NFR average championship makes Reeves role model for diabetics

Matt Reeves wins the steer wrestling average at the 2019 National Finals Rodeo and is the newest athletic inspiration for diabetics. Valley News/Courtesy photo

Five-time world steer wrestling champion Luke Branquinho bulldogs with an insulin pump, and his championships made him an athletic role model for diabetics and their families. Although Branquinho has not qualified for the National Finals Rodeo since 2015, Matt Reeves became the newest athletic inspiration for diabetics and their families when Reeves won the steer wrestling average at the 2019 National Finals Rodeo.

Reeves had a 10-head average of 48.4 seconds. Riley Duvall was second in the average at 54.8 seconds on 10 head.

“It may not have been what I wanted when I came here, but this is an unbelievable deal,” Reeves said. “We all want the other buckle, but that’s the second best saddle I’m ever going to get.”

Reeves only placed in four go-rounds at NFR. His time of 4.7 seconds was fifth in the second go, he split third through fifth in the seventh performance with a time of 3.9 seconds, his time of 4.8 seconds in the eighth go-round placed sixth and his final run of 4.0 seconds was also the sixth-place time. His worst time was 6.6 seconds in the sixth go-round, and he had only two other runs requiring more than five seconds.

“I placed on some steers no one placed on,” Reeves said.

Reeves is now 41.

“I wanted to do it a lot quicker than this, but I’ll take it,” he said of winning the NFR average.

The cowboy from Cross Plains, Texas, joined the PRCA in 2003, and the 2019 NFR was his seventh qualification and his first since 2016. Reeves first qualified for NFR in 2007 and also qualified in 2009, 2010, 2012, 2013 and 2016. He won the second go-round in 2007 and the seventh go-round in 2013. He was fifth in the average in 2013 and third in the average in 2016, and he finished second in the world standings both years. Reeves placed 21st in the 2017 standings and 26th in the 2018 standings.

Reeves entered NFR with 2019 season earnings of $79,490, which placed him 12th in the standings. The first-place average payout of $67,269.23 contributed to $103,641.02 of NFR earnings and brought Reeves’ season earnings to $183,131.24 to place him sixth in the final standings.

The American Quarter Horse Association chose Reeves’ mare Rattle as the Horse of the Year for steer wrestling. Reeves also trained Rattle, who was seventh during NFR, and the 2019 season was Rattle’s second as a PRCA bulldogging horse.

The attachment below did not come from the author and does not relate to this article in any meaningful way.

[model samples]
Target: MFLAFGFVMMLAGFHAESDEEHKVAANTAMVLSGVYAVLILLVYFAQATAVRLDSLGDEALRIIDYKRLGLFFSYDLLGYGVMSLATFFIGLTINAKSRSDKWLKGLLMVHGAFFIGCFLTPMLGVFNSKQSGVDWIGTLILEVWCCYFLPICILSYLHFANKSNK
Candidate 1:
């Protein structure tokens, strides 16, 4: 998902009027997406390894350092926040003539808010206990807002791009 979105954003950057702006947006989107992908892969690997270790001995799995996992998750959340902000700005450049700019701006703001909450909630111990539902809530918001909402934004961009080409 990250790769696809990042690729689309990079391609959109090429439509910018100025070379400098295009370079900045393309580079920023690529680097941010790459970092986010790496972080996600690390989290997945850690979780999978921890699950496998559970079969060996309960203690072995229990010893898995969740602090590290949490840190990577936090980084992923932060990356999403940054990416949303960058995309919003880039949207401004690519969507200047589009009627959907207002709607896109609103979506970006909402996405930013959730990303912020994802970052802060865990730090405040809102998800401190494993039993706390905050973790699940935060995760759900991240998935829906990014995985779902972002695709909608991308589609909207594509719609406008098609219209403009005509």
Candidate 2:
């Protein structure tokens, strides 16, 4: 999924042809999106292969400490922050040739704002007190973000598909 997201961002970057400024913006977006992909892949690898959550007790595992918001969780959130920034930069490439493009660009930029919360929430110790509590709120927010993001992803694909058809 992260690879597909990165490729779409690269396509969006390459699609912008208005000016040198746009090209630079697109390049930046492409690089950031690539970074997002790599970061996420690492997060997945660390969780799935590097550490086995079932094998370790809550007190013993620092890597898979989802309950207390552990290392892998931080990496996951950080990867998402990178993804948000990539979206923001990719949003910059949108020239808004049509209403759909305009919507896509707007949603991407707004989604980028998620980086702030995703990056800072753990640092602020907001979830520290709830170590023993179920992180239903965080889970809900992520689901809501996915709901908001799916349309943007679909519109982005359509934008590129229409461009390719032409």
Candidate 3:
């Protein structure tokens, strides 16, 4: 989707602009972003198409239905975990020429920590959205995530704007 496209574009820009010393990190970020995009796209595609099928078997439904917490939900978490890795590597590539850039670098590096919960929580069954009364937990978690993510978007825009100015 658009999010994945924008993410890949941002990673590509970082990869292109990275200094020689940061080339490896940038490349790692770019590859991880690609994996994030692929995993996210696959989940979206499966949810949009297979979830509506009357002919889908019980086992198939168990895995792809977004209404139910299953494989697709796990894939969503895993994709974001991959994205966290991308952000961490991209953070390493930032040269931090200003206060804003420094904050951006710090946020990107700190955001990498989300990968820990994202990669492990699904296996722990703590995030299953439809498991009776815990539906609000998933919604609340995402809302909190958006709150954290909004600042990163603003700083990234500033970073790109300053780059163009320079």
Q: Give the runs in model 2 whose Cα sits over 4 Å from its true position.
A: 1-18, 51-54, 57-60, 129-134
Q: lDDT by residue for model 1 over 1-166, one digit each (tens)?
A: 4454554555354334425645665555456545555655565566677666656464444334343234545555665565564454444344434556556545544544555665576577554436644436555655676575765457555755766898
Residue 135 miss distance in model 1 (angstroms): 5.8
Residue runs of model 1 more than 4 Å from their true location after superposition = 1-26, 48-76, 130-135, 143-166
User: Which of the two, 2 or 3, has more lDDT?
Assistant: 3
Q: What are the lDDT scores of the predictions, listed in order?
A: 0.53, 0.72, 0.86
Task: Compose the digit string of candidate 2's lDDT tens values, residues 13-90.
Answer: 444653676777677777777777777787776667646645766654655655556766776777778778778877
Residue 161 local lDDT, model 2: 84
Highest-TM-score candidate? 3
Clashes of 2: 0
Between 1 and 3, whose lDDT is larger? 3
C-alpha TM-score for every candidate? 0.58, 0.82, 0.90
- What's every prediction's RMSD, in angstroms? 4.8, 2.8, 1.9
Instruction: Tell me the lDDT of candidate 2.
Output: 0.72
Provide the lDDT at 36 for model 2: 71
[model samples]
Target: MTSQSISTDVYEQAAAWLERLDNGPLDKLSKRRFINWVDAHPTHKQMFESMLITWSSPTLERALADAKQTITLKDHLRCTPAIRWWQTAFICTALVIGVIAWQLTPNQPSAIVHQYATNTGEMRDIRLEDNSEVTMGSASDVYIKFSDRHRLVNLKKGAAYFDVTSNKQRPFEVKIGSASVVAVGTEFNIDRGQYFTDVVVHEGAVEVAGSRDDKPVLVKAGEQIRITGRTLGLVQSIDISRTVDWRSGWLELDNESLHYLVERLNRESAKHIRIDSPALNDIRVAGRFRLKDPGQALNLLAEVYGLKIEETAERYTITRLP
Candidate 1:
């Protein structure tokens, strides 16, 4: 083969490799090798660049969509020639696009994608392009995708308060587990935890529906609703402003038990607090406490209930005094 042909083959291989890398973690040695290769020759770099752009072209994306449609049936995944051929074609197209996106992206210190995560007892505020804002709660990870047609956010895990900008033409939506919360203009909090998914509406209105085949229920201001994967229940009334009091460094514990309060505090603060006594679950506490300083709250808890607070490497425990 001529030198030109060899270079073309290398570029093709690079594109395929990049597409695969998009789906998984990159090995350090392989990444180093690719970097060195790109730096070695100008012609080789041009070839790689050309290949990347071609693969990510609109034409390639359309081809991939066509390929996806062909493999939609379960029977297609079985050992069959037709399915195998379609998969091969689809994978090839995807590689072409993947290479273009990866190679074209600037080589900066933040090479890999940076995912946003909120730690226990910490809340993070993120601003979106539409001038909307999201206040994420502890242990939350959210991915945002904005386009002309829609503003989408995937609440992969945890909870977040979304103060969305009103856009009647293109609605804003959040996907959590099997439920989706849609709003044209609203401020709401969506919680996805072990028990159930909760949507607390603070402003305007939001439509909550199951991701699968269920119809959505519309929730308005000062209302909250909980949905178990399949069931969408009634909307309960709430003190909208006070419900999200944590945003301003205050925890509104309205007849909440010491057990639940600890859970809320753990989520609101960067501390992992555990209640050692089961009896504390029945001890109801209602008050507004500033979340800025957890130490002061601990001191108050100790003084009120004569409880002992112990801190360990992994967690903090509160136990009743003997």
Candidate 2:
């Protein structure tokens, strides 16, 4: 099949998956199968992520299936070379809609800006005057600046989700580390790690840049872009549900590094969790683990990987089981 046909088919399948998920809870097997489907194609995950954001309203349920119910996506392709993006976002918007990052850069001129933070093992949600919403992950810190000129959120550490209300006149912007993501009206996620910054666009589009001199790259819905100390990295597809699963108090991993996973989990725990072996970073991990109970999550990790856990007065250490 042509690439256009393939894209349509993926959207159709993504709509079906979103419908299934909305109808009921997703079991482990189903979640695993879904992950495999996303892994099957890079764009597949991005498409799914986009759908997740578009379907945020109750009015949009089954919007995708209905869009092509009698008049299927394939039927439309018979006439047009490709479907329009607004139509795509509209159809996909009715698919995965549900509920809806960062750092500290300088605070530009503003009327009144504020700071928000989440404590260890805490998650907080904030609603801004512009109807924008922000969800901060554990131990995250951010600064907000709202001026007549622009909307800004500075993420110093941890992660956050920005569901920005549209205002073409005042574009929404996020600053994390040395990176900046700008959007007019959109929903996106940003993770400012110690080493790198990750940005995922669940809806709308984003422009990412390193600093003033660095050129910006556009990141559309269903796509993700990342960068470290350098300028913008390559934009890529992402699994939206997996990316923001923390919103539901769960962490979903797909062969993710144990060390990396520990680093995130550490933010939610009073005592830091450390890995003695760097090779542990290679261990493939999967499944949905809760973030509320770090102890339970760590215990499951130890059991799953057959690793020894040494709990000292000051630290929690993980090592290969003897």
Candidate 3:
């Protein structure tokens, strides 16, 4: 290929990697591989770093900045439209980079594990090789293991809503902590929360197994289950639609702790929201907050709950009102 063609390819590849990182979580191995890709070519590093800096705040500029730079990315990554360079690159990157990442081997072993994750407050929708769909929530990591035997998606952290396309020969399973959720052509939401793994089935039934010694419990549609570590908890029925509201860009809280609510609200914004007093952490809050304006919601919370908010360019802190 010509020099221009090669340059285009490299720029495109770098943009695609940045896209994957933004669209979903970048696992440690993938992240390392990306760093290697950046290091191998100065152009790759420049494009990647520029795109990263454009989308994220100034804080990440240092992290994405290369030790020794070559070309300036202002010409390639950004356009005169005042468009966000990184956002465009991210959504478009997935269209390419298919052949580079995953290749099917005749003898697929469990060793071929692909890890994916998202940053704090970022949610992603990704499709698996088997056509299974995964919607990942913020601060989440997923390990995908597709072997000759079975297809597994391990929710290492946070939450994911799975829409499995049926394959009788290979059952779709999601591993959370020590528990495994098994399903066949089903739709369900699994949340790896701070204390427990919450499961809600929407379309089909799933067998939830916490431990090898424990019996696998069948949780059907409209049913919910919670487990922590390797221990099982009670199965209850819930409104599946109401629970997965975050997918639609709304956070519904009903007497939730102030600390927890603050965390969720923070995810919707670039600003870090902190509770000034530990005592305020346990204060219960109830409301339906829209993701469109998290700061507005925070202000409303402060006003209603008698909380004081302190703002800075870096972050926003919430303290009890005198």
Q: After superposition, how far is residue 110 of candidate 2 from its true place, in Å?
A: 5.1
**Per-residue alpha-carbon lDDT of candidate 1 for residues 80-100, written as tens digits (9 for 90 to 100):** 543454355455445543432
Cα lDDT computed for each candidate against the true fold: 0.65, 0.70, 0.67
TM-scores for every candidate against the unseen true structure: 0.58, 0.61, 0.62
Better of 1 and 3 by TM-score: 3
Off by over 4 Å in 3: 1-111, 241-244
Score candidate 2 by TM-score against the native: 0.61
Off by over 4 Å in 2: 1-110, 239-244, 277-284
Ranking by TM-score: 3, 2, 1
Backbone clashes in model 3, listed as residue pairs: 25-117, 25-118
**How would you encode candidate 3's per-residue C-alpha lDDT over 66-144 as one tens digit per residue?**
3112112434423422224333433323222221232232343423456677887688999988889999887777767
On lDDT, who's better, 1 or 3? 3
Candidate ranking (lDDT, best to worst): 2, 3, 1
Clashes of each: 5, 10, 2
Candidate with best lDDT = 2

Due to equine health reasons Reeves only rode Rattle for the final six go-rounds of NFR.

“It was just a virus and then she got a little infection,” Reeves said.

Reeves owns both Roy and Rattle. He rode Roy for the first four performances.

“He was good. He didn’t do anything wrong,” Reeves said.

The switch to Rattle gave Roy a rest as well as allowed Reeves to use the horse on which he feels most comfortable.

“She’s just so much fun,” Reeves said. “She just runs so hard.”

The combination of Roy and Rattle gave Reeves the average title.

“The horses were outstanding,” he said.

Reeves said he blames himself rather than Rattle for his Dec. 12 time of 6.6 seconds.

“I made a mistake the sixth round,” he said.

The average championship was Reeves’ first NFR win since he placed first in the go-round six years earlier.

“It is good. That’s the first saddle I’ve won since ‘13,” he said. “It took 24 more steers to do it.”

Kodie Jang, who was from Townsville, Australia, before enrolling at Western Texas College in Snyder, Texas, hazed for Reeves at NFR.

Reeves was 17 when he was diagnosed with Type I diabetes. One of his sponsors is Bacon Bash Texas, which occurs in the Central Texas town of Cranfills Gap and raises money for Type 1 diabetes programs along with a program to provide coats and blankets for people in need.

“It is an unbelievable organization that gives a pile of money,” Reeves said.

Joe Naiman can be reached by email at